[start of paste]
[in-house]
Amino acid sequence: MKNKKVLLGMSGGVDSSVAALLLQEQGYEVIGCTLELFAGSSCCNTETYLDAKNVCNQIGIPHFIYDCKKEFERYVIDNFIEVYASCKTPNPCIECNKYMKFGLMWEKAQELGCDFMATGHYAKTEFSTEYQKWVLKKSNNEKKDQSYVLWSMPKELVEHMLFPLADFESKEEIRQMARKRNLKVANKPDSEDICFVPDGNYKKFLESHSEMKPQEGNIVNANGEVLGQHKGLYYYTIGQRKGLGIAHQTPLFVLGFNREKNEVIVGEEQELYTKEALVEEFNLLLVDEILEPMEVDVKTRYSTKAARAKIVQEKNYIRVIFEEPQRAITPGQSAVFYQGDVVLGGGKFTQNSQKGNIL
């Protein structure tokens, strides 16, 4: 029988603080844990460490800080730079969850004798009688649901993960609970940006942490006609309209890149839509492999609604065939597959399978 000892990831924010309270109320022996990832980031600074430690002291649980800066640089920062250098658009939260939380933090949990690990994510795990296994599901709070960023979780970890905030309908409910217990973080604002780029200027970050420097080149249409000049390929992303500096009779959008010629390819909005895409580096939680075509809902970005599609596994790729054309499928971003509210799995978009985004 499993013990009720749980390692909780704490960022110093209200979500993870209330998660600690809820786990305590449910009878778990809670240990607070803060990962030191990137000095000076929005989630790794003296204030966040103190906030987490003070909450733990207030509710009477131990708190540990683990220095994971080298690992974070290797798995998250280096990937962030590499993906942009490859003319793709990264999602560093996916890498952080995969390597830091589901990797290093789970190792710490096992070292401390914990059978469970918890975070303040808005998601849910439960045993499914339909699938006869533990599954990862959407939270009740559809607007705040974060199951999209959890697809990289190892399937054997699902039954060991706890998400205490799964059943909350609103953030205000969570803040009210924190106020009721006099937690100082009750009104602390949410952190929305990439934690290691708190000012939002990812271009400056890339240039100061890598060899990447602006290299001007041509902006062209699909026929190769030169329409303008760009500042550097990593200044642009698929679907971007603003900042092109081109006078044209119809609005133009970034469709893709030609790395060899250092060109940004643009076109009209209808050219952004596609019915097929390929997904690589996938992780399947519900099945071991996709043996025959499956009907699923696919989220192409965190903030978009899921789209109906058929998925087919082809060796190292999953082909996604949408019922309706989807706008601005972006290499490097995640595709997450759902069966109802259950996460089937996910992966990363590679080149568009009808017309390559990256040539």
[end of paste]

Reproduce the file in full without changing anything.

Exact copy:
[in-house]
Amino acid sequence: MKNKKVLLGMSGGVDSSVAALLLQEQGYEVIGCTLELFAGSSCCNTETYLDAKNVCNQIGIPHFIYDCKKEFERYVIDNFIEVYASCKTPNPCIECNKYMKFGLMWEKAQELGCDFMATGHYAKTEFSTEYQKWVLKKSNNEKKDQSYVLWSMPKELVEHMLFPLADFESKEEIRQMARKRNLKVANKPDSEDICFVPDGNYKKFLESHSEMKPQEGNIVNANGEVLGQHKGLYYYTIGQRKGLGIAHQTPLFVLGFNREKNEVIVGEEQELYTKEALVEEFNLLLVDEILEPMEVDVKTRYSTKAARAKIVQEKNYIRVIFEEPQRAITPGQSAVFYQGDVVLGGGKFTQNSQKGNIL
């Protein structure tokens, strides 16, 4: 029988603080844990460490800080730079969850004798009688649901993960609970940006942490006609309209890149839509492999609604065939597959399978 000892990831924010309270109320022996990832980031600074430690002291649980800066640089920062250098658009939260939380933090949990690990994510795990296994599901709070960023979780970890905030309908409910217990973080604002780029200027970050420097080149249409000049390929992303500096009779959008010629390819909005895409580096939680075509809902970005599609596994790729054309499928971003509210799995978009985004 499993013990009720749980390692909780704490960022110093209200979500993870209330998660600690809820786990305590449910009878778990809670240990607070803060990962030191990137000095000076929005989630790794003296204030966040103190906030987490003070909450733990207030509710009477131990708190540990683990220095994971080298690992974070290797798995998250280096990937962030590499993906942009490859003319793709990264999602560093996916890498952080995969390597830091589901990797290093789970190792710490096992070292401390914990059978469970918890975070303040808005998601849910439960045993499914339909699938006869533990599954990862959407939270009740559809607007705040974060199951999209959890697809990289190892399937054997699902039954060991706890998400205490799964059943909350609103953030205000969570803040009210924190106020009721006099937690100082009750009104602390949410952190929305990439934690290691708190000012939002990812271009400056890339240039100061890598060899990447602006290299001007041509902006062209699909026929190769030169329409303008760009500042550097990593200044642009698929679907971007603003900042092109081109006078044209119809609005133009970034469709893709030609790395060899250092060109940004643009076109009209209808050219952004596609019915097929390929997904690589996938992780399947519900099945071991996709043996025959499956009907699923696919989220192409965190903030978009899921789209109906058929998925087919082809060796190292999953082909996604949408019922309706989807706008601005972006290499490097995640595709997450759902069966109802259950996460089937996910992966990363590679080149568009009808017309390559990256040539």